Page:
“I don’t know what it is with all these mothers these days, feeding their children bananas in public.  Don’t they understand that I-and probably some other fellas for that matter-don’t like to look at bananas?  They make me feel uncomfortable.  Don’t they realise that bananas are quite phallic in appearance, and therefore they remind me of sex.  How inappropriate to be feeding your child-yes, a child-a banana in public!  It gives me associations in my head that I really do not want.  It’s practically peodophilia.  And besides, bananas don’t grow in this country so it’s totally unnatural.

“Of course, it was different in the Stone Age, when people didn’t have their own teeth.  Back then they had to eat bananas as they couldn’t eat anything harder, what with the lack of teeth and everything.

“It seems to me that it’s only these right-on, free-thinking librarian women that feed their children bananas anyway.  What’s wrong with a bag of crisps?  They have some really nice flavours these days.

“However, if it’s an attractive woman eating a banana, then of course that’s fine.  I bet all the other fellas would agree too.” 

A Cornish Mum

O Sleep How You Taunt Me

Piglet went to sleep at 7.15pm today.  ***KLAXON***

I am braced for a rough night when he inevitably wakes up in an hour or so, having regarded his current period of sleep as nothing but a later-than-normal nap, and sits bolt upright in bed, before launching himself at me head first and emitting a high pitched scream into my ear, headbutting me and biting my face.

This sort of physical attack is, I believe, what passes for a sign of affection with Piglet.

Either that or he actually detests me.

He is, of course, sleeping in the bed.  I would hardly be so bold as to put him in his cot.  For a start, there is no sheet on the mattress as the combined intellects of myself and my mother couldn’t work out how to fit one on without the ends of the mattress curling up, and secondly, he will not sleep in a cot anyway.

An old photo, but one which I feel sums up roughly how Piglet feels about being in a cot.

I had long suspected this to be the case, but I had spent so many months gathering him up into my arms and taking him into the bed with me at the first sign of a whimper that he had barely spent any time in the cot and so I couldn’t be sure.  Then, last week, when we were on holiday in Cornwall, came the acid test.

The travel cot we had ordered had been placed into what I can only assume was supposed to be the children’s room in the caravan, judging by the size of the single bed in there, which was slightly narrower than the average shelf.  O the folly of these holiday caravan people who have never met Piglet and I, and who must have assumed that he has something known as a “routine,” and sleeps at a time of his parents’ (they must have assumed there were two, sleeping in the double bedroom) choosing, in a room which is designated for the exclusive use of a child or children plural.  O what folly (*shakes fist at the idea of a nuclear family with a routine*)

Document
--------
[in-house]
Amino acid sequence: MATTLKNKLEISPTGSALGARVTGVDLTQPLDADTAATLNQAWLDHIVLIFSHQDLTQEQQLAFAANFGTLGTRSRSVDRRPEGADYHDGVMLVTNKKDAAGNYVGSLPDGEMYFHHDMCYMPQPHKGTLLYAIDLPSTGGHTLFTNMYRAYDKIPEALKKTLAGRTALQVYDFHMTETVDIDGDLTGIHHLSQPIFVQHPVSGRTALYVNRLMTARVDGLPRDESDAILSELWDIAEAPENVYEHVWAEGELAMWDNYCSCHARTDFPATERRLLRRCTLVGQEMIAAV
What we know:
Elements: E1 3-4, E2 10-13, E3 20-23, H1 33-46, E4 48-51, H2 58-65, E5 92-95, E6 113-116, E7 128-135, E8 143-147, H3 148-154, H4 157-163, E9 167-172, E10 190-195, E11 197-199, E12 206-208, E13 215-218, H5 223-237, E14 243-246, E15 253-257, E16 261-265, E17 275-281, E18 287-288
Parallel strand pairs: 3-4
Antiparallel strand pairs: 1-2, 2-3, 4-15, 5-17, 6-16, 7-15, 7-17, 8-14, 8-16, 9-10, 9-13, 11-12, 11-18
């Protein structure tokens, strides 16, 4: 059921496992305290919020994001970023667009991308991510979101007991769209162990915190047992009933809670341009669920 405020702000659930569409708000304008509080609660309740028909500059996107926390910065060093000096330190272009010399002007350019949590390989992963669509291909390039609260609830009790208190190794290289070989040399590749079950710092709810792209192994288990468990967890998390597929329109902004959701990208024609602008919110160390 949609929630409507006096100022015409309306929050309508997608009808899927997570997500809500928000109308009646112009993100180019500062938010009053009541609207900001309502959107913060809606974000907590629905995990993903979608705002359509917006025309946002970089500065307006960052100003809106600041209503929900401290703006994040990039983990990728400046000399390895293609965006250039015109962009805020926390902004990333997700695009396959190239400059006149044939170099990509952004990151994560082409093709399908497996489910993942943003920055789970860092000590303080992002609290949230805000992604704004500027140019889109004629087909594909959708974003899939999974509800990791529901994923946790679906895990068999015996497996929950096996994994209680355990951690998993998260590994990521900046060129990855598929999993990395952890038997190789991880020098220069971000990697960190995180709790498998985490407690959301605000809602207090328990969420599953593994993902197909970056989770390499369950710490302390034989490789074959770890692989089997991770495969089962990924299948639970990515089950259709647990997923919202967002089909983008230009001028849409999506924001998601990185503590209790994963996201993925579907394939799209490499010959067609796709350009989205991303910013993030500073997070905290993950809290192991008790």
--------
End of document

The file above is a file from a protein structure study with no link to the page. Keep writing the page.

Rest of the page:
And so I bravely steeled myself for a night on the shelf (metaphorically, surely the story of my life), and laid Piglet down into the travel cot for his slumbers.

After feeding him to sleep of course (*guffaws heartily at the idea of him doing any of that “settling himself to sleep” that the parenting books are always talking about*).

It lasted about an hour.

I duly fed him to sleep again, and popped him back in the cot.

Another hour.

Now this, I told myself, was normal.  Piglet always wakes up at least every few hours and I then feed him to sleep again.  The only difference was that it would normally involve simply rolling over and proffering a boob rather than lifting him out of the cot, but still.  I even started to think that Piglet was getting the hang of this sleeping in a cot lark.  Who knows, perhaps in a few years time he’ll even progress to settling himself to sleep like the parenting books say all babies should by the age of three months.

Again he went to sleep, and again he woke up an hour or so later.

Only this time, he was sitting bolt upright in the cot and surveying the room with interest.  Not a good sign.

The next two hours included the following:

Breastfeeding repeatedly in a desperate attempt to get him to go back to sleep
Leaving the room to find a fresh nappy only to wake up the entire caravan (damn you thin paper caravan walls!)
Piglet greeting the rest of the caravan’s occupants with squeals and giggles
More breastfeeding

And finally:

Lying down on the very edge of the shelf with Piglet on there next to me, crammed against the thin caravan wall and intermittently banging on it, keeping my brother and his partner (in the “parents” room next door) awake.

I should probably add here that since I started writing this post I have had to put the laptop aside twice to feed Piglet back to sleep.

One day, he will learn to settle himself to sleep.  One day.